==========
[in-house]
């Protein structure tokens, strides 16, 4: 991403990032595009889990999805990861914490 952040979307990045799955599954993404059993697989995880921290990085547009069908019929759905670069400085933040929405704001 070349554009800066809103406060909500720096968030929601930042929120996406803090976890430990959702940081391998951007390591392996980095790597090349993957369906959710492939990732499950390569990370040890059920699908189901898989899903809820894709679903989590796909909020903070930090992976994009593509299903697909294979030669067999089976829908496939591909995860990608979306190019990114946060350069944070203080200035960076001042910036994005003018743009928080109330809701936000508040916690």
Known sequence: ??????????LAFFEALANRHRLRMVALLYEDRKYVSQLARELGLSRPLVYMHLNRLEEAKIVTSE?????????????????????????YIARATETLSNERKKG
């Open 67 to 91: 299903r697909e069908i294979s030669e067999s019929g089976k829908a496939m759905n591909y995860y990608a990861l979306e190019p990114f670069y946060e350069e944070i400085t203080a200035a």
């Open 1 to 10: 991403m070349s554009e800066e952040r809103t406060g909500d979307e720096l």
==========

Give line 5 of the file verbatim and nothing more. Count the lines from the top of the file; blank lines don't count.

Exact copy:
């Open 1 to 10: 991403m070349s554009e800066e952040r809103t406060g909500d979307e720096l």